On Australian heat waves: time series analysis of extreme temperature events in Australia, 1950 - 2005

Deo, R. C. and McAlpine, C. A. and Syktus, J. and McGowan, H. A. and Phinn, S. (2007) On Australian heat waves: time series analysis of extreme temperature events in Australia, 1950 - 2005. In: MODSIM07: International Congress on Modelling and Simulation: Land, Water and Environmental Management: Integrated Systems for Sustainability, 10-13 Dec 2007, Christchurch, New Zealand.

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The occurrences of extreme weather, particularly heat-waves can often result in significant costs in terms of human health, damage to infrastructure, increased stress of natural ecosystems and reduced economic activity. In Australia, temperature extremes, producing intermittent heat-waves silently kill almost as many people as do any other natural disasters (Granger and Berechree 2005).
While there appears to be no official definition, a heat-wave may be considered as a prolonged period of excessively hot conditions that usually lasts more than three consecutive days. This definition, which includes the combined effect of high temperatures and humidity is based on Stedman’s (1979) approach and allows us to compute the relevant heat wave index to assess the severity of heat-related events.

This paper presents a statistical analysis of daily maximum temperatures and humidity records for selected Australian cities and rural stations, with a focus on the trends of Australian heat waves since 1950. The two datasets were used to extract the time series of “maximum apparent body temperatures” (also referred to as the yearly-worst heat wave indices) in order to quantify the trends, spatial distribution and statistical significance over the continent. The Mann-Kendall’s (MK) nonparametric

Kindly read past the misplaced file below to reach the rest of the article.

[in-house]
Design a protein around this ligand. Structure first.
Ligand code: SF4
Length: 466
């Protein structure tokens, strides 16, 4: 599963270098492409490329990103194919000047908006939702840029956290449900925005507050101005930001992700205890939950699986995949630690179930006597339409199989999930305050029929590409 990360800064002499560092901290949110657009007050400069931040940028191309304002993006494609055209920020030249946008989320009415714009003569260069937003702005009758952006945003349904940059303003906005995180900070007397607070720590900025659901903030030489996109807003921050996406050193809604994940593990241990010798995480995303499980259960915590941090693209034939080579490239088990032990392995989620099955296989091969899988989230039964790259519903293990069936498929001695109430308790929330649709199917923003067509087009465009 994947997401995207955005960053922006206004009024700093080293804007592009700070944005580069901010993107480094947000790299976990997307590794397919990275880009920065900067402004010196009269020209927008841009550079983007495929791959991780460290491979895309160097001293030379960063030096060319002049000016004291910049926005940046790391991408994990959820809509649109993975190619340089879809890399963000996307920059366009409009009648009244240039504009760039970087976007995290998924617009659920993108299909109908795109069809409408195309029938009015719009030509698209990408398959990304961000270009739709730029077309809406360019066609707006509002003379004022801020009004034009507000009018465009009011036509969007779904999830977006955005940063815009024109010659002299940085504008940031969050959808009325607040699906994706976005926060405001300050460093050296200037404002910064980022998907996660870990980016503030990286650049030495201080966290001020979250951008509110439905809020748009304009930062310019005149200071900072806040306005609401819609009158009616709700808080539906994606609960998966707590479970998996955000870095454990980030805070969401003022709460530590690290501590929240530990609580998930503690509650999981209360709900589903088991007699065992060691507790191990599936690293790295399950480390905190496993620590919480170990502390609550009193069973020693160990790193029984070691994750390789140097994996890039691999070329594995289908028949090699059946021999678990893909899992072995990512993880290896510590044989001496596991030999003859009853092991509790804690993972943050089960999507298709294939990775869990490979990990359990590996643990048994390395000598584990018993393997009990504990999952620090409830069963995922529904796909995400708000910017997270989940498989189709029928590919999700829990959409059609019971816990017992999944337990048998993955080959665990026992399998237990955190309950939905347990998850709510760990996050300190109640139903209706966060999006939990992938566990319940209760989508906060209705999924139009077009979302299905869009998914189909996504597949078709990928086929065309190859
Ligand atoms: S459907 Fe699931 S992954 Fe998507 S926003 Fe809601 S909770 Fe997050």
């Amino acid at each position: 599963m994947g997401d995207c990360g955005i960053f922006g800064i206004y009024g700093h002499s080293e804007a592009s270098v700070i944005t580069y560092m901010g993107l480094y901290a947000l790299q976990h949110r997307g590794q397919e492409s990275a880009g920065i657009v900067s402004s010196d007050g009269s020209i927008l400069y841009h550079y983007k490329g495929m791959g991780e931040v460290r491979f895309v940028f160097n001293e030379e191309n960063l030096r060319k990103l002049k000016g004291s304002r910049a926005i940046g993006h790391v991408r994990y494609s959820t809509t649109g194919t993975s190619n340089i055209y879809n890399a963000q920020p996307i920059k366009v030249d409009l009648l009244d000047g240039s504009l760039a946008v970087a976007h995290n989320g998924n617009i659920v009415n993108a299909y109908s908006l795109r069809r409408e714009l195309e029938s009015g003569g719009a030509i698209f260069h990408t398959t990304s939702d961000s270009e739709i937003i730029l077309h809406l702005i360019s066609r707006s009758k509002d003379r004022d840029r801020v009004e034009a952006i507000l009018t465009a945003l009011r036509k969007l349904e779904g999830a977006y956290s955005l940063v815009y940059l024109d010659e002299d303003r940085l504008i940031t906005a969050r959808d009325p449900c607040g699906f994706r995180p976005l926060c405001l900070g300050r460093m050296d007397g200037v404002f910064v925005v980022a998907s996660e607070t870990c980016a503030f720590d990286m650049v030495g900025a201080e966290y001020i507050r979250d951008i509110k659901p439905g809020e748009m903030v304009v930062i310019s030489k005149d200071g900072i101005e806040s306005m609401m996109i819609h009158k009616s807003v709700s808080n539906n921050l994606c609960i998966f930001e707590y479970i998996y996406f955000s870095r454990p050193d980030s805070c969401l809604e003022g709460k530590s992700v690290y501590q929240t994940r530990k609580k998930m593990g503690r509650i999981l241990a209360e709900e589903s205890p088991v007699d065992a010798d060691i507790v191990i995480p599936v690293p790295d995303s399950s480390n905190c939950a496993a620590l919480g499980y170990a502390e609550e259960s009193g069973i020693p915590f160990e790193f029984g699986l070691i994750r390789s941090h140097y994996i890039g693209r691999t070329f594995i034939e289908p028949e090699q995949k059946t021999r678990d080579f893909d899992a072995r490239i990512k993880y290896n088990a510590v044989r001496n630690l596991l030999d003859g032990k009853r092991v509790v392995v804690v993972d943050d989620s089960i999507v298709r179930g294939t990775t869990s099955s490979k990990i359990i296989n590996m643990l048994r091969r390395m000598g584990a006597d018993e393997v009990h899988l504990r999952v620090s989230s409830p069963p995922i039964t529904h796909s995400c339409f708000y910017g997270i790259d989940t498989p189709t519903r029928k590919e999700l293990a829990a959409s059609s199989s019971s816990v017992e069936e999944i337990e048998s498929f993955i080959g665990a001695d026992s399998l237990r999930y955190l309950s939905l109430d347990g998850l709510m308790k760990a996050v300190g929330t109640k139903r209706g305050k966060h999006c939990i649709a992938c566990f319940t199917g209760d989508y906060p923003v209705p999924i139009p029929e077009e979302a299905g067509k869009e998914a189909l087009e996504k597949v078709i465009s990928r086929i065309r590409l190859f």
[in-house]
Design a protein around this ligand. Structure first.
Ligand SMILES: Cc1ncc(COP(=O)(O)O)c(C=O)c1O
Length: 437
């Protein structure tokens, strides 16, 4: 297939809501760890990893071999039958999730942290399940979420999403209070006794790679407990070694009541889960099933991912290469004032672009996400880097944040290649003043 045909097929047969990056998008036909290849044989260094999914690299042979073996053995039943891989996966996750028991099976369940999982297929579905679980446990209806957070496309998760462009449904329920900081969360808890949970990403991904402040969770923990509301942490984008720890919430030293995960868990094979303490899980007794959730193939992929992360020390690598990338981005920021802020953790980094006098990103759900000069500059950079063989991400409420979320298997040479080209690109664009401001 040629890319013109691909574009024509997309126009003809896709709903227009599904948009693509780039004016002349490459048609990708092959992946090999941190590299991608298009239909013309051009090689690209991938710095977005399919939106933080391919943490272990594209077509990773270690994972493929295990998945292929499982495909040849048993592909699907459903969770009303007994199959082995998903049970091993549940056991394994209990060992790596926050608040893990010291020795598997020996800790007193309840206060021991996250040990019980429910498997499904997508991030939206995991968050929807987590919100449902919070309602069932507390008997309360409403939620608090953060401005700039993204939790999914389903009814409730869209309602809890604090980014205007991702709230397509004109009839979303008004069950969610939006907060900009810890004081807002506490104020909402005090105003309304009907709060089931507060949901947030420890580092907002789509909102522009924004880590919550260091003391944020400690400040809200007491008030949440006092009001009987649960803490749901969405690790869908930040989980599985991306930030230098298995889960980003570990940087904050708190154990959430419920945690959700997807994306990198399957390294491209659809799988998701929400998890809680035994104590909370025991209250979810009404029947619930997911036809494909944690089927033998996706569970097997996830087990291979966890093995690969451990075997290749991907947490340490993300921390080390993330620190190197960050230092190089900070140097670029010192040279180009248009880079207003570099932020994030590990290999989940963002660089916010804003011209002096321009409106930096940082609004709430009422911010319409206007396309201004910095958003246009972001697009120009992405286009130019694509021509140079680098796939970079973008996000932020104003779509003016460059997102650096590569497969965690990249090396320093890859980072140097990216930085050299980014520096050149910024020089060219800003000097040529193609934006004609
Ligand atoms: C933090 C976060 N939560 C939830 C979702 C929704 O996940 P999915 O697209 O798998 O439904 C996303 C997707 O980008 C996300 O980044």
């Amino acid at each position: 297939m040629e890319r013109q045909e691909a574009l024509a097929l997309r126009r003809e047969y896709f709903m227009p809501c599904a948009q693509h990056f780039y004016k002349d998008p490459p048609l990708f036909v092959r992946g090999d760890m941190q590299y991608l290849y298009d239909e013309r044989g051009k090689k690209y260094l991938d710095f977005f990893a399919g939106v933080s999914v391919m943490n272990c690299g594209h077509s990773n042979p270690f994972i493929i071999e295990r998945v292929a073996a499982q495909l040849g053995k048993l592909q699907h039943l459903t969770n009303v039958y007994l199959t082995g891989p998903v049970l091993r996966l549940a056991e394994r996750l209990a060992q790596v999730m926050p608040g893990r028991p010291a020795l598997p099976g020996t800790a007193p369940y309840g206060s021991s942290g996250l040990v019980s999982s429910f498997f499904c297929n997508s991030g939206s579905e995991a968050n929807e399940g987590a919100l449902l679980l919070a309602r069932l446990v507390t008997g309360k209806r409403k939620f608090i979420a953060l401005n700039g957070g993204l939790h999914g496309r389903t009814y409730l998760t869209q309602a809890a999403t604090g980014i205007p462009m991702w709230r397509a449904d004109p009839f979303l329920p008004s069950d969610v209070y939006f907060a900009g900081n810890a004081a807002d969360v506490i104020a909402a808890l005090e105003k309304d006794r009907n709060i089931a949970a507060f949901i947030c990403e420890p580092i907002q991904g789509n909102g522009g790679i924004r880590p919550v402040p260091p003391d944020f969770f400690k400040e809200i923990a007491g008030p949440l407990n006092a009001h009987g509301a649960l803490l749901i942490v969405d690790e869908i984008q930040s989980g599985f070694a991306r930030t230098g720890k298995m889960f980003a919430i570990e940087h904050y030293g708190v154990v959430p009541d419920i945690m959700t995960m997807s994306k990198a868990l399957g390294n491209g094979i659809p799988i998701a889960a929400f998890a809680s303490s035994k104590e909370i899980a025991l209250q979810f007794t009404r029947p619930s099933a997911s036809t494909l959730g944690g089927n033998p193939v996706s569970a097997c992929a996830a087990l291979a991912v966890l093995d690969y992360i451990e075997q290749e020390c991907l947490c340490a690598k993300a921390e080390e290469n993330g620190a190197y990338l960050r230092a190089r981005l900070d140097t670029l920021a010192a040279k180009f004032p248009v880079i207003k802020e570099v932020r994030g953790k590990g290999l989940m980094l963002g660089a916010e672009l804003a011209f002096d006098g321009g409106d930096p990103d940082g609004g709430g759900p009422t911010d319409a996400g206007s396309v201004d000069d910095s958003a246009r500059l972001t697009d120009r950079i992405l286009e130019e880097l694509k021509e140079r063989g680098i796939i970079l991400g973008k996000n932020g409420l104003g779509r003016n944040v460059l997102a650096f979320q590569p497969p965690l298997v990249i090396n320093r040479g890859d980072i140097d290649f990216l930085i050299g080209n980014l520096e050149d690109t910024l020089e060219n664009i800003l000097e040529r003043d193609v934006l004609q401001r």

test and Sen’s slope estimation techniques were used to quantify the overall statistical significance of the results.

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Item Type: Conference or Workshop Item (Commonwealth Reporting Category E) (Paper)
Refereed: Yes
Item Status: Live Archive
Additional Information: Authors retain copyright.
Faculty / Department / School: Historic - Faculty of Sciences - Department of Maths and Computing
Date Deposited: 17 May 2010 04:35
Last Modified: 14 Jun 2016 01:29
Uncontrolled Keywords: Australian heat indices; extreme temperature; heat waves
Fields of Research : 04 Earth Sciences > 0401 Atmospheric Sciences > 040104 Climate Change Processes
04 Earth Sciences > 0401 Atmospheric Sciences > 040102 Atmospheric Dynamics
04 Earth Sciences > 0401 Atmospheric Sciences > 040107 Meteorology
Socio-Economic Objective: D Environment > 96 Environment > 9603 Climate and Climate Change > 960307 Effects of Climate Change and Variability on Australia (excl. Social Impacts)
URI: http://eprints.usq.edu.au/id/eprint/7418

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